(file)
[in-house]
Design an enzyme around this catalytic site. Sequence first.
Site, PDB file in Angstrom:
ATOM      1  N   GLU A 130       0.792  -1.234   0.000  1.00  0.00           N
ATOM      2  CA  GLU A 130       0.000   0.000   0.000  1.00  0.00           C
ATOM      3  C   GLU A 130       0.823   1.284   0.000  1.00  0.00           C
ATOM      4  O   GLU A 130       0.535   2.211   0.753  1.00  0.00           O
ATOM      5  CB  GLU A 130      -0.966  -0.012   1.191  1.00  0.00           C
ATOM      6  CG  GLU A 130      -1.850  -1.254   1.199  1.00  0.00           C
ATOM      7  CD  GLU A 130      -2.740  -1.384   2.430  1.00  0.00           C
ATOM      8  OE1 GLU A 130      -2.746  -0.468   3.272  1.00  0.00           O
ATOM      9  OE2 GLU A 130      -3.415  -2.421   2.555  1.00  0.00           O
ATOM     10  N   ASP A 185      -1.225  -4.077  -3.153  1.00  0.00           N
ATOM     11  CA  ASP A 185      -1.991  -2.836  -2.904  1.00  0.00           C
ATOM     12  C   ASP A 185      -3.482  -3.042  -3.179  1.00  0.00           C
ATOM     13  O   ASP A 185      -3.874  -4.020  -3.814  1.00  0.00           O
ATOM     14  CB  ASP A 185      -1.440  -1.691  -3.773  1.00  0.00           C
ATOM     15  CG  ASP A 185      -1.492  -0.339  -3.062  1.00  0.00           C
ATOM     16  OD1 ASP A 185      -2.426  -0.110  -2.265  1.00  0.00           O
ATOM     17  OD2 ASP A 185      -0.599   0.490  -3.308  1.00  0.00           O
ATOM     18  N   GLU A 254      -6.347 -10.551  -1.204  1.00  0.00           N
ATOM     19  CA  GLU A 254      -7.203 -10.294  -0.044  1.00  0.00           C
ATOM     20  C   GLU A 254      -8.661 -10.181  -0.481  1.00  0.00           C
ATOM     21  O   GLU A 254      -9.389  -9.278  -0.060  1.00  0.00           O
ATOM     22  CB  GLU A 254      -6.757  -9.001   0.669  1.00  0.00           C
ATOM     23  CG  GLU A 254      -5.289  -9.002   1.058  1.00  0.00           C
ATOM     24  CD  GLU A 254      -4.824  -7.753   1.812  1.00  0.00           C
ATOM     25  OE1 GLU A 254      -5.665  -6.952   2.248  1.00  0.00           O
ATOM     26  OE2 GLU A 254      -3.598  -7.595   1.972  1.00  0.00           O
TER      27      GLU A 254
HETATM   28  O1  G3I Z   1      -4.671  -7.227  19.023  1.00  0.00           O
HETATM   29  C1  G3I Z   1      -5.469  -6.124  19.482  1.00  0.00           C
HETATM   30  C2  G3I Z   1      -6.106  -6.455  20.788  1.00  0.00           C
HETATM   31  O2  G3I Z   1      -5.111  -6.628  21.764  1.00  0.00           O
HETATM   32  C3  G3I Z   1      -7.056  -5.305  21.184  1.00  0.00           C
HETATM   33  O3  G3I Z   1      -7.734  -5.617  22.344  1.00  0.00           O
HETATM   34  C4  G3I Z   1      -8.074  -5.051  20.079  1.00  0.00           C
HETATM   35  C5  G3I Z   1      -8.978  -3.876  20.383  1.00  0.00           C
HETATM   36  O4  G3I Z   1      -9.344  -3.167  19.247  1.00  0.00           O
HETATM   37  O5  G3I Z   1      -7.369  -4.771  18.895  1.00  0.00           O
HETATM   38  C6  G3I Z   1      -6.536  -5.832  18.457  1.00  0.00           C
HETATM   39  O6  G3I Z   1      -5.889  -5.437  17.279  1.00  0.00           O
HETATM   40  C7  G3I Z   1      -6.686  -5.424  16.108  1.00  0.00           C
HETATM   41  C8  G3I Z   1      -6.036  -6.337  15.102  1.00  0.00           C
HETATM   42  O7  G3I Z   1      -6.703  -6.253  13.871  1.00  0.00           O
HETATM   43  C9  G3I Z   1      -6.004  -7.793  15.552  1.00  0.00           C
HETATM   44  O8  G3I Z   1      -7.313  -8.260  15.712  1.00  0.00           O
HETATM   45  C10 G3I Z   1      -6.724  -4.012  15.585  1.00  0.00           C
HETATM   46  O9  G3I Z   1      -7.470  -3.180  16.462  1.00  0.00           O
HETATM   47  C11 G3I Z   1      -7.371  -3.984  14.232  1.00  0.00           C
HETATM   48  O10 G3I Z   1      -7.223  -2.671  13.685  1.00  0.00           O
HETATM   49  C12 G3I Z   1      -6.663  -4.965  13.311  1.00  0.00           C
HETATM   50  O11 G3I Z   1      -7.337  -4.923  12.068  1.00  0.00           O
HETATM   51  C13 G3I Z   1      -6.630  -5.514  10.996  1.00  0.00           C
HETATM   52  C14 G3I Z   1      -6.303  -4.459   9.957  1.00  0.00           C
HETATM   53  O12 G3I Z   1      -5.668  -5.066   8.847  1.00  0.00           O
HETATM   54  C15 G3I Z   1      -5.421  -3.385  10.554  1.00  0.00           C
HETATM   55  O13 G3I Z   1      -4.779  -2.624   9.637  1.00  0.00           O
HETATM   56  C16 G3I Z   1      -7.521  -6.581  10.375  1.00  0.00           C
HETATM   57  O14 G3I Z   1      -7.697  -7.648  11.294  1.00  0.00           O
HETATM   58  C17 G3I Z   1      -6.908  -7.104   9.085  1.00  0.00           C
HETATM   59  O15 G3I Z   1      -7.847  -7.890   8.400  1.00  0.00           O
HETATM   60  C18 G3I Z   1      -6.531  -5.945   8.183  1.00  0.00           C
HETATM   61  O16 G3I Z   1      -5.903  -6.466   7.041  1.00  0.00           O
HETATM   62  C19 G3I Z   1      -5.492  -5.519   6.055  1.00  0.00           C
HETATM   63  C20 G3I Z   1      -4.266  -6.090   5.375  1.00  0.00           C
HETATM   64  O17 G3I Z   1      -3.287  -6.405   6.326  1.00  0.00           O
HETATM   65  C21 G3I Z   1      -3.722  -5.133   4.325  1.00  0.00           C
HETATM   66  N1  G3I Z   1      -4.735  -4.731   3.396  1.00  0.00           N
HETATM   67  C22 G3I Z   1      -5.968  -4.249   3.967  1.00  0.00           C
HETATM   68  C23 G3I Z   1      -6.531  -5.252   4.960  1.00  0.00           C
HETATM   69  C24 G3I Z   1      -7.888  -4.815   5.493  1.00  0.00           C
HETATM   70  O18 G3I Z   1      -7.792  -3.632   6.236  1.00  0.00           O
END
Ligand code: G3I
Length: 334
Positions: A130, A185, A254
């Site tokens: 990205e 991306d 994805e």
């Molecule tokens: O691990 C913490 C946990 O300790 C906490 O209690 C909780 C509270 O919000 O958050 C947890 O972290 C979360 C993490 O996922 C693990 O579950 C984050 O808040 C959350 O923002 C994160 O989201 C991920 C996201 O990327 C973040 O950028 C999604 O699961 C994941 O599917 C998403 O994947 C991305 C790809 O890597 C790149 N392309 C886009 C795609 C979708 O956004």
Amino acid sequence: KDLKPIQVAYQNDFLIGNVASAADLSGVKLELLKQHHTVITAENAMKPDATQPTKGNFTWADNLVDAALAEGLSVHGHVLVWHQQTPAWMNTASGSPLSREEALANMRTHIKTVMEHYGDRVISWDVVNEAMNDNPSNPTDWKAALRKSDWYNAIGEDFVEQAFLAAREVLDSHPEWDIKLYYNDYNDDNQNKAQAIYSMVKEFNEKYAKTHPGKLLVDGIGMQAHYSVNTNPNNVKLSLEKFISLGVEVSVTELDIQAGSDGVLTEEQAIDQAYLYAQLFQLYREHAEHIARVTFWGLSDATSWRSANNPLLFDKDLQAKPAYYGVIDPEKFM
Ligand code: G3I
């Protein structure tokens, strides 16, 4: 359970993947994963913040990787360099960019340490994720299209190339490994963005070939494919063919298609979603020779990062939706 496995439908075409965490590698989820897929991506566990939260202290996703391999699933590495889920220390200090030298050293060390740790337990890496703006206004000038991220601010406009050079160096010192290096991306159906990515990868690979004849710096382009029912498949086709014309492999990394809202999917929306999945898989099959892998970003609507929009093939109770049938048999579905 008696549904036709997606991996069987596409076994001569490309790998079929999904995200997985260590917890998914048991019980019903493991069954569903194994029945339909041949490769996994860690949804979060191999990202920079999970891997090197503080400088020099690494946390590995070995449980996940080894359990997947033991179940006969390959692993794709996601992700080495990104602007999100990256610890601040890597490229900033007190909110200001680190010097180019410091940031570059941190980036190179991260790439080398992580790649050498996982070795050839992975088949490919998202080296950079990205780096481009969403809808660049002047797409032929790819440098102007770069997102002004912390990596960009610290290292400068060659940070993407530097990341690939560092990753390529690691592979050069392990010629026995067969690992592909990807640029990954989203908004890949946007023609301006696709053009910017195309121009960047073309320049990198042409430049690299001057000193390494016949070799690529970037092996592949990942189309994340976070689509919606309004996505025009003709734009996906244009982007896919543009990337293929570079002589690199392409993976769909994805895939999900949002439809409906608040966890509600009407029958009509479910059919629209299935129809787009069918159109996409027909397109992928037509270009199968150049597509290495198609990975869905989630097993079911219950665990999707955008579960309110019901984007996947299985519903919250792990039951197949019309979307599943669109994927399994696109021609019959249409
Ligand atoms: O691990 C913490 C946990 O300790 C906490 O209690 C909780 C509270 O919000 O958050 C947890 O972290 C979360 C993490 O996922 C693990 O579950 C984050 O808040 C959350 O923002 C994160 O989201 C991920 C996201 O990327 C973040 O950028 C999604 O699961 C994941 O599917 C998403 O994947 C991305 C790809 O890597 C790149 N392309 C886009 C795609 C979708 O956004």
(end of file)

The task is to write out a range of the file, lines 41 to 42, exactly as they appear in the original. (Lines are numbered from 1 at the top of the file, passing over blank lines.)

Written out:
HETATM   38  C6  G3I Z   1      -6.536  -5.832  18.457  1.00  0.00           C
HETATM   39  O6  G3I Z   1      -5.889  -5.437  17.279  1.00  0.00           O